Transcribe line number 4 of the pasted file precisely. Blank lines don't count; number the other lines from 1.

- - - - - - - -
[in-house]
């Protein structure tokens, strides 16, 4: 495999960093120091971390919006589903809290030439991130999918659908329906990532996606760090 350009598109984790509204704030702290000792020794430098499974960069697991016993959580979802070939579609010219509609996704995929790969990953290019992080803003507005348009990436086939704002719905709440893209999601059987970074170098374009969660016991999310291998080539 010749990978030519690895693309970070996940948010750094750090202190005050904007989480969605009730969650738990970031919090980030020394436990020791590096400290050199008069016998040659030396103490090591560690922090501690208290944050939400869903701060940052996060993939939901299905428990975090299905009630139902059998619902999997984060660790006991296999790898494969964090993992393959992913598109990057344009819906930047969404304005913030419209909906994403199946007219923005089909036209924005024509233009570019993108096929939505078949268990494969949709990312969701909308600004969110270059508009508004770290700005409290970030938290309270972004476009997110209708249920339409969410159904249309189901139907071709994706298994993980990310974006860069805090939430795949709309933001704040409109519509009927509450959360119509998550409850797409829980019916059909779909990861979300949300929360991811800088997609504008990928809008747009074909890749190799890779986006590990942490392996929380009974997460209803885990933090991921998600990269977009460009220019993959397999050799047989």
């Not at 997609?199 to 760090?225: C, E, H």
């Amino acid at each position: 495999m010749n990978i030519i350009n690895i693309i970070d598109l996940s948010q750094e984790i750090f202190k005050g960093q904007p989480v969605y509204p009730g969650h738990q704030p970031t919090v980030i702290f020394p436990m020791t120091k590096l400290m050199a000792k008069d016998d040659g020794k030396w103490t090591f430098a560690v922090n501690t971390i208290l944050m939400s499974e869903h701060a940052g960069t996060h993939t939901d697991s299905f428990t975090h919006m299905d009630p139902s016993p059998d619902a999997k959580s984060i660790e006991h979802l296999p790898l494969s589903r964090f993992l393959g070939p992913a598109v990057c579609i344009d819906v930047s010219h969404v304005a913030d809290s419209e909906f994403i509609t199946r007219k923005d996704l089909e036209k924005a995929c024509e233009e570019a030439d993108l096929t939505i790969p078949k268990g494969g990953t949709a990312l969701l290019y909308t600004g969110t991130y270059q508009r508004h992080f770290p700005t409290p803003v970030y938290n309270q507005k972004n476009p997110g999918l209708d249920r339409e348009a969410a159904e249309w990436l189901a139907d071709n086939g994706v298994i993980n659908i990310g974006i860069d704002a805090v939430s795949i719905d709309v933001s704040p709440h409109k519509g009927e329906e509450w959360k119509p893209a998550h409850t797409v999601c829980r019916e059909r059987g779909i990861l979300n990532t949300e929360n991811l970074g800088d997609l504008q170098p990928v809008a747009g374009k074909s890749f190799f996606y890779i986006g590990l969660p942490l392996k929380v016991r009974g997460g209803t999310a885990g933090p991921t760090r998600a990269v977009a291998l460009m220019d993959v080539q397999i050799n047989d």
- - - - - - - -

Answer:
């Amino acid at each position: 495999m010749n990978i030519i350009n690895i693309i970070d598109l996940s948010q750094e984790i750090f202190k005050g960093q904007p989480v969605y509204p009730g969650h738990q704030p970031t919090v980030i702290f020394p436990m020791t120091k590096l400290m050199a000792k008069d016998d040659g020794k030396w103490t090591f430098a560690v922090n501690t971390i208290l944050m939400s499974e869903h701060a940052g960069t996060h993939t939901d697991s299905f428990t975090h919006m299905d009630p139902s016993p059998d619902a999997k959580s984060i660790e006991h979802l296999p790898l494969s589903r964090f993992l393959g070939p992913a598109v990057c579609i344009d819906v930047s010219h969404v304005a913030d809290s419209e909906f994403i509609t199946r007219k923005d996704l089909e036209k924005a995929c024509e233009e570019a030439d993108l096929t939505i790969p078949k268990g494969g990953t949709a990312l969701l290019y909308t600004g969110t991130y270059q508009r508004h992080f770290p700005t409290p803003v970030y938290n309270q507005k972004n476009p997110g999918l209708d249920r339409e348009a969410a159904e249309w990436l189901a139907d071709n086939g994706v298994i993980n659908i990310g974006i860069d704002a805090v939430s795949i719905d709309v933001s704040p709440h409109k519509g009927e329906e509450w959360k119509p893209a998550h409850t797409v999601c829980r019916e059909r059987g779909i990861l979300n990532t949300e929360n991811l970074g800088d997609l504008q170098p990928v809008a747009g374009k074909s890749f190799f996606y890779i986006g590990l969660p942490l392996k929380v016991r009974g997460g209803t999310a885990g933090p991921t760090r998600a990269v977009a291998l460009m220019d993959v080539q397999i050799n047989d």